Once again transfer pricing was central to Yukos marketing plans. A confidential June 1999 memo obtained by CorpWatch tells of a meeting conducted at the company’s upscale London offices by Stephen Curtis, managing director of Group Menatep, a secretive lawyer who represented a number of influential businessmen (such as Boris Berezovsky, who fled to London after Russian authorities accused him of using offshore shell companies to embezzle money from Aeroflot, the Russian airline, and to cheat on taxes owed by an auto factory).
At the meeting Curtis briefed four others, including Isle of Man shell company operator Peter Bond, about Yukos marketing. He explained that Yukos oil flowed through what they called the “Jurby Lake Structure,” (an offshore network they’d named after a lake in England) that was based on trading companies like Behles in Switzerland, South Petroleum in Liberia, and Baltic Petroleum in Ireland.
Although these companies had “stand alone” corporate structures and were thus legally separate, they often shared common offices. For example Behles, Menatep and Apatit all worked out of 46 rue du Rhone in Geneva, Switzerland.
But in early 2004 Curtis reportedly got nervous about the Yukos frauds and decided to provide information to the National Criminal Intelligence Service (NCIS), which collects information about organized crime in Britain. In March 2004, on his way to meet an MI6 British intelligence agent, Curtis’s new Agusta 109E helicopter crashed, killing him.
Someone close to British intelligence told Financial Times reporter Thomas
Catan, “My sense was that he was fearful of being prosecuted by the Russian authorities for being party to assisting in the capital flight, and that he thought that going to the UK authorities would give him some sort of top cover.”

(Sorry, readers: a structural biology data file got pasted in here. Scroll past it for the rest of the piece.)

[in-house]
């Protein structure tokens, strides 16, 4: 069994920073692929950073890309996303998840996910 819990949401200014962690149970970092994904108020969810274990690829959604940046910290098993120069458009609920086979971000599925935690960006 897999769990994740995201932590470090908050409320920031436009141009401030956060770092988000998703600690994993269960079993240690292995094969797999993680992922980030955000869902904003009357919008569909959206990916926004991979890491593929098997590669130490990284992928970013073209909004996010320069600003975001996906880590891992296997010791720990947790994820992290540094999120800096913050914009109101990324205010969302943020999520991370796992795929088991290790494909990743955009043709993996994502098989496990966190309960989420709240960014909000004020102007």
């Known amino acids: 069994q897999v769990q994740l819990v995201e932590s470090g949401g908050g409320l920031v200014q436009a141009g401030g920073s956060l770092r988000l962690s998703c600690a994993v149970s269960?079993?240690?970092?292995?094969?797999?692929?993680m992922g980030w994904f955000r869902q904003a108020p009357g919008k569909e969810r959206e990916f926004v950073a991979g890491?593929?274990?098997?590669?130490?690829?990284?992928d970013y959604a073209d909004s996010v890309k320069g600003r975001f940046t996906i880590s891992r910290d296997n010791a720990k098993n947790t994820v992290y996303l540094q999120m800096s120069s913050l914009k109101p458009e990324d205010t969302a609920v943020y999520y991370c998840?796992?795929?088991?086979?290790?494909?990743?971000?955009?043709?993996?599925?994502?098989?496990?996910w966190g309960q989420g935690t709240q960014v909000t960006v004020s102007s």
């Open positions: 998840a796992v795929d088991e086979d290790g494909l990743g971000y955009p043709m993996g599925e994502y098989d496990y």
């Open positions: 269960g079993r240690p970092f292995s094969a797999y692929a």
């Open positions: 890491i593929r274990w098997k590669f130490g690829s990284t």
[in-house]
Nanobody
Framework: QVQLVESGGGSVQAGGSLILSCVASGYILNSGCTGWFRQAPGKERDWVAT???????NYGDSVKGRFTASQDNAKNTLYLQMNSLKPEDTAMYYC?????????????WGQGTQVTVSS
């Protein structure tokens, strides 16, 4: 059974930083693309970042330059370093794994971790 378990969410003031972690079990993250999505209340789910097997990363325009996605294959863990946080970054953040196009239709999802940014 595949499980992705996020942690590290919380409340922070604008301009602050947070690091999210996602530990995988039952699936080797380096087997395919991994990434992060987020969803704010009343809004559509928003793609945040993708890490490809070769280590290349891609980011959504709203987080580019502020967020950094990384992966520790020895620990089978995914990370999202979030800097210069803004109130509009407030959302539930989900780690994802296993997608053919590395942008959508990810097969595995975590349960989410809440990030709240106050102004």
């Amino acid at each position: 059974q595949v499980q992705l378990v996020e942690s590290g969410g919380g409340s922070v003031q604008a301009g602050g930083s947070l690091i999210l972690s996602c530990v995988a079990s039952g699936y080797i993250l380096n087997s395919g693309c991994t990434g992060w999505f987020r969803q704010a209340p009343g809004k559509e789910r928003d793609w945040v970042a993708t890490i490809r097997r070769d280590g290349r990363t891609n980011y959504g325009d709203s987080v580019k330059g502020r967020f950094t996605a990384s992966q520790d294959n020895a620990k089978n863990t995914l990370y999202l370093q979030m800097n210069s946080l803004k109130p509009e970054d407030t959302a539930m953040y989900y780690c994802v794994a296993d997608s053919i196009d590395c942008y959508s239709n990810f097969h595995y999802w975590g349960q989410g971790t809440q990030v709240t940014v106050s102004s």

Meanwhile, Yukos stock had tanked following Khodorkovsky’s arrest in October 2003, wiping out the illusory dividends, and causing U.S. investors to lose $5.7 billion. All along, however, the company’s stolen profits remained hidden in secret bank accounts for shell companies (like Behles) controlled by Khodorkovsky and partners. The following year, Swiss authorities, at Russia’s request, froze $5 billion discovered in the shell company accounts. But even this falls far short of the total back taxes, interest, and penalties owed to the Russian government, which is now estimated at $25 billion.
APCO Worldwide, the Washington public relations firm that represents Khodorkovsky, declined to comment on the transfer pricing and tax evasion system or the charges described here.
Fooling the West
Like Enron, Yukos was a darling of the Western financial press until it collapsed. Also like Enron, Yukos had impressive profits because it used secret offshore shell companies to avoid paying taxes. That worked fine under the rule of President Yeltsin, but changed in 2000 when Vladimir Putin was elected and the new government started to crack down on tax-evasion.
The laws on accounting were also made much tougher in the United States, after the Enron scandal. For example, the Sarbanes-Oxley Act required auditors to certify a company’s internal controls using standards under a newly created Public Company Accounting Oversight Board. Hundreds of companies immediately rewrote their accounts, and auditors began to question company reports much more closely.
Menatep/Yukos worked with the “big-four” global audit firms, Deloitte & Touche, Ernst & Young, PricewaterhouseCoopers, and KPMG, which all routinely set up offshore transfer pricing and tax-evading networks for clients.